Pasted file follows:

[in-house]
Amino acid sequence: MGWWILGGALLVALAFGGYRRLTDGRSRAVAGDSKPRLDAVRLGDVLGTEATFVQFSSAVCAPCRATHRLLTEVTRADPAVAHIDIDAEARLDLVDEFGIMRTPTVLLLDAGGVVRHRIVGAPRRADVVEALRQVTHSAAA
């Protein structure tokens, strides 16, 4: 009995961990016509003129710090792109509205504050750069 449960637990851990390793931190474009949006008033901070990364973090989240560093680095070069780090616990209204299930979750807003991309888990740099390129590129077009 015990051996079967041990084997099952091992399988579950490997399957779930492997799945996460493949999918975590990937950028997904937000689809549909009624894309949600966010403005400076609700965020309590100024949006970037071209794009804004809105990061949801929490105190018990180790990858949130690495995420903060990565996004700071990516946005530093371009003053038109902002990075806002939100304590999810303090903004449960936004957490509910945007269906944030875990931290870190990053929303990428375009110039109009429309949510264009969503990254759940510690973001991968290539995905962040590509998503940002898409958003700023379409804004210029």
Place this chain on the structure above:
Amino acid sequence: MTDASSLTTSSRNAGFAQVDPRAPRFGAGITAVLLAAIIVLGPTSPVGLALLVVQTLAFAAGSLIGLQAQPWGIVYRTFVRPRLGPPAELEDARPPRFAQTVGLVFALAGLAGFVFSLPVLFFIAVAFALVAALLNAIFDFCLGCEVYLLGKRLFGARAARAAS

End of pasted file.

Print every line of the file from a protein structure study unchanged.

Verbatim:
[in-house]
Amino acid sequence: MGWWILGGALLVALAFGGYRRLTDGRSRAVAGDSKPRLDAVRLGDVLGTEATFVQFSSAVCAPCRATHRLLTEVTRADPAVAHIDIDAEARLDLVDEFGIMRTPTVLLLDAGGVVRHRIVGAPRRADVVEALRQVTHSAAA
């Protein structure tokens, strides 16, 4: 009995961990016509003129710090792109509205504050750069 449960637990851990390793931190474009949006008033901070990364973090989240560093680095070069780090616990209204299930979750807003991309888990740099390129590129077009 015990051996079967041990084997099952091992399988579950490997399957779930492997799945996460493949999918975590990937950028997904937000689809549909009624894309949600966010403005400076609700965020309590100024949006970037071209794009804004809105990061949801929490105190018990180790990858949130690495995420903060990565996004700071990516946005530093371009003053038109902002990075806002939100304590999810303090903004449960936004957490509910945007269906944030875990931290870190990053929303990428375009110039109009429309949510264009969503990254759940510690973001991968290539995905962040590509998503940002898409958003700023379409804004210029």
Place this chain on the structure above:
Amino acid sequence: MTDASSLTTSSRNAGFAQVDPRAPRFGAGITAVLLAAIIVLGPTSPVGLALLVVQTLAFAAGSLIGLQAQPWGIVYRTFVRPRLGPPAELEDARPPRFAQTVGLVFALAGLAGFVFSLPVLFFIAVAFALVAALLNAIFDFCLGCEVYLLGKRLFGARAARAAS